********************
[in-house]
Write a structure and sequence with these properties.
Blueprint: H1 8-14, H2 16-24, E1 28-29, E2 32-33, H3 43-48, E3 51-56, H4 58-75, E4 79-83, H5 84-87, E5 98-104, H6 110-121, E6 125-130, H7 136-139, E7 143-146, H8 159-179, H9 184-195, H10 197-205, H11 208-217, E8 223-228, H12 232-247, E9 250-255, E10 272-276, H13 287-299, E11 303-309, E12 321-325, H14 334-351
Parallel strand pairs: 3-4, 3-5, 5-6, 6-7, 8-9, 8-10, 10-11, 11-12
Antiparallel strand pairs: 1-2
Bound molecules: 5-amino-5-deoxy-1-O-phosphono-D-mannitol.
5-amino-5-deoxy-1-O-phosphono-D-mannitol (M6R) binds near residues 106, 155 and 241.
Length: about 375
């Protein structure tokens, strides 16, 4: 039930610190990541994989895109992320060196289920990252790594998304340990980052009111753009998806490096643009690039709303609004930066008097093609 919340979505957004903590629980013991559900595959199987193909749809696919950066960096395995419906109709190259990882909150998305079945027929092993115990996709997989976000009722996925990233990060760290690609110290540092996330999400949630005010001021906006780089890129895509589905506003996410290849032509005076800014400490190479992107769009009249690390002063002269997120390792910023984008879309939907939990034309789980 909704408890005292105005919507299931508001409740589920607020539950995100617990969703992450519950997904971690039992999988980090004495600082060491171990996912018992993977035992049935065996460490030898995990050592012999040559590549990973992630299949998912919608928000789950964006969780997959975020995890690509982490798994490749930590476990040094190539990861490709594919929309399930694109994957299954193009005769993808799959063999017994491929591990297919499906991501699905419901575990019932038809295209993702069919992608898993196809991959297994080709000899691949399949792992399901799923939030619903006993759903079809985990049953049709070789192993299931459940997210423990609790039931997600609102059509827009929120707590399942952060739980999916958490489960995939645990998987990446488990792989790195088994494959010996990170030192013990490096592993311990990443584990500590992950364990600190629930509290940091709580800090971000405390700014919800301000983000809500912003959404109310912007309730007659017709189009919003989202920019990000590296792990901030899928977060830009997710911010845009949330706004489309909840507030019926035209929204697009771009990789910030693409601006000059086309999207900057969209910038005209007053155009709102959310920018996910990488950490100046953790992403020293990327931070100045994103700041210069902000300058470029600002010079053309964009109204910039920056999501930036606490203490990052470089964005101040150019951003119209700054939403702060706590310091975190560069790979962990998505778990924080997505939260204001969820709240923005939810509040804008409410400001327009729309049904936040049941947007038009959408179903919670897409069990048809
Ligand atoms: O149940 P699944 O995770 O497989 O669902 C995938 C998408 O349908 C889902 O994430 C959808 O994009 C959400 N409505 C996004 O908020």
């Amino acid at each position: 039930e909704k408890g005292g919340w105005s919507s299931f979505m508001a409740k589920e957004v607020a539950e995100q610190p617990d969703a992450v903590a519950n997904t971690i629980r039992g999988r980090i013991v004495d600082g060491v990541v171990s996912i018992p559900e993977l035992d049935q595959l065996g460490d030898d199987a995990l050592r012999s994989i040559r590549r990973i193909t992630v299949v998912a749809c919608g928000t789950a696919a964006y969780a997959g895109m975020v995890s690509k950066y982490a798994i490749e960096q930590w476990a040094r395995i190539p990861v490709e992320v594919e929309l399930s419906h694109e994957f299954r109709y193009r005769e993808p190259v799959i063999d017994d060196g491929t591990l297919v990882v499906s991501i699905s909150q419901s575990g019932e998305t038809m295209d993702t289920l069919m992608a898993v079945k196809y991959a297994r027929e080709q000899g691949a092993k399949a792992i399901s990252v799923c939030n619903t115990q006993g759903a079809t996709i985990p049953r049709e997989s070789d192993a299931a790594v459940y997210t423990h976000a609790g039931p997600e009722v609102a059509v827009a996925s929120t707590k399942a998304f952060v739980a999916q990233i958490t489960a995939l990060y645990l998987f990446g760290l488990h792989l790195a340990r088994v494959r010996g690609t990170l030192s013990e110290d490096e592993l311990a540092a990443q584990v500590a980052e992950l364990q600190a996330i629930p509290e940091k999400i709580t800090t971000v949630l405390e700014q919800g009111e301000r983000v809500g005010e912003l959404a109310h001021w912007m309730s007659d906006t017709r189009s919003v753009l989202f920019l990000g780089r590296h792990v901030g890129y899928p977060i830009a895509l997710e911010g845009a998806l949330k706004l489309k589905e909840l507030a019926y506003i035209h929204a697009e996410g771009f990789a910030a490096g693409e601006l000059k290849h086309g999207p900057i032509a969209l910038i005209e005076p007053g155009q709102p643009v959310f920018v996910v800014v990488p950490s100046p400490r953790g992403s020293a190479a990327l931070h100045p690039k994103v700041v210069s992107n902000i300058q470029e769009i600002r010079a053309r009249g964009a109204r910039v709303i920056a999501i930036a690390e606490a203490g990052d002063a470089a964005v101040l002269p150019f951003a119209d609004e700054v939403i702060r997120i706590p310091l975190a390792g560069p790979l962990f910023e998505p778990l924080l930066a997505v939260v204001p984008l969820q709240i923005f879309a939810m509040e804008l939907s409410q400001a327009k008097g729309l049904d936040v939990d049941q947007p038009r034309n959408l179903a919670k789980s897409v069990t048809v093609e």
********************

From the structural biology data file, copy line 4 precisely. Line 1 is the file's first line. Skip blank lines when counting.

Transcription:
Parallel strand pairs: 3-4, 3-5, 5-6, 6-7, 8-9, 8-10, 10-11, 11-12